Scaling and root planing is a nonsurgical procedure that helps remove from the gums and root surfaces many of the irritants responsible for gum inflammation. It is typically performed with local anesthesia on patients suffering from gingivitis and moderate/severe periodontal disease.
Reasons for scaling and root planing
Depending on the amount of periodontal destruction from which a patient is suffering, scaling and root planing may be used during the initial stages of therapy or as a stand-alone treatment.
Here are some reasons why this procedures may be necessary:
Disease prevention – The bacteria that cause periodontal infections can travel to other parts of the body via the bloodstream. Lung infections and heart disease have been linked to periodontal bacteria. Scaling and root planing help remove these bacteria and slow the rate at which periodontal disease progresses, thereby limiting the risk of systemic spread.
Tooth protection – As the space between the roots and the gums ("pocket") increases, the risk of periodontal disease increases. Periodontal disease, the number one cause of tooth loss in the developed world, is a chronic inflammatory response to the bacteria, calculus and other foreign bodies that occupy deeper pockets. By cleansing the pocketed areas of the teeth, root planing improves their health and stability.
Aesthetic effects – By removing the irritants from the gum and root surfaces, inflammation is decreased. This makes the gums appear healthier in color and shape. Superficial stains are also eliminated with this procedure, giving the teeth a cleaner, brighter appearance.
Better breath – One of the most common signs of periodontal disease is halitosis (bad breath). Root planing eliminates many of the food particles and bacteria that can cause persistent mouth odor. It also enables better access for cleansing procedures by the patient.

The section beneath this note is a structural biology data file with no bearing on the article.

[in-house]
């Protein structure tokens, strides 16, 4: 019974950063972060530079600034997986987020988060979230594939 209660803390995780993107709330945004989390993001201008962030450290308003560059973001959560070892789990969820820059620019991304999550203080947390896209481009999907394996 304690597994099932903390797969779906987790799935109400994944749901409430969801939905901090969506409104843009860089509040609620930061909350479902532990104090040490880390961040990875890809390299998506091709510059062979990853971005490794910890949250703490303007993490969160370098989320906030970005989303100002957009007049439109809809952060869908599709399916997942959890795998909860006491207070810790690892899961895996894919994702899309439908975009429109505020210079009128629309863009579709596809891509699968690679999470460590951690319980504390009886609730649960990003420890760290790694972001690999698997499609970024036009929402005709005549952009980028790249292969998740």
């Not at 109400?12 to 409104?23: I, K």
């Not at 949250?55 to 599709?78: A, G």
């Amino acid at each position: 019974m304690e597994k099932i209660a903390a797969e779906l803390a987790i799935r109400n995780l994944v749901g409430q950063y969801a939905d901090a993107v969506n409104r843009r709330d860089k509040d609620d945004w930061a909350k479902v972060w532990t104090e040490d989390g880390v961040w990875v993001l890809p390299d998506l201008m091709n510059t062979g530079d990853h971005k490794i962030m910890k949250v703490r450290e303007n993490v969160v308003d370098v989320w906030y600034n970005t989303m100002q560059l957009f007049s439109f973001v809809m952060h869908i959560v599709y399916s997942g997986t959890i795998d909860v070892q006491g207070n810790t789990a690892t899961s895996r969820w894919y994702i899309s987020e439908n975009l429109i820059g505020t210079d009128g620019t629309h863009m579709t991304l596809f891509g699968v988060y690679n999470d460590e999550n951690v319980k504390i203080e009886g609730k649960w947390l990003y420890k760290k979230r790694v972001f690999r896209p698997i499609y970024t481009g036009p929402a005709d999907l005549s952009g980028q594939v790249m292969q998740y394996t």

What do scaling and root planing treatments involve?
Scaling and root planing is performed only after thorough oral, dental and radiographic examinations. Local anesthesia is used to keep patients comfortable.
Scaling – Scaling refers to the process of removing plaque, calculus and other deposits from the crown and exposed root surfaces. Often, ultrasonic cleaners are used, in addition to special hand instruments.
Root Planing – This procedure involves removing the layers of cementum and dentin that are contaminated with bacteria, toxins and tartar. Clean, smooth root surfaces are a deterrent to reinfection.
Following these procedures, the gum pockets are often treated with antibiotics. This will soothe irritation and help the gum tissues to heal quickly.
Following healing, your periodontist will thoroughly examine the gums again to see how well the pockets have healed. Areas that have responded inadequately may require additional forms of treatment.
If you have any concerns or questions about scaling and root planing or periodontal disease, please ask your periodontist.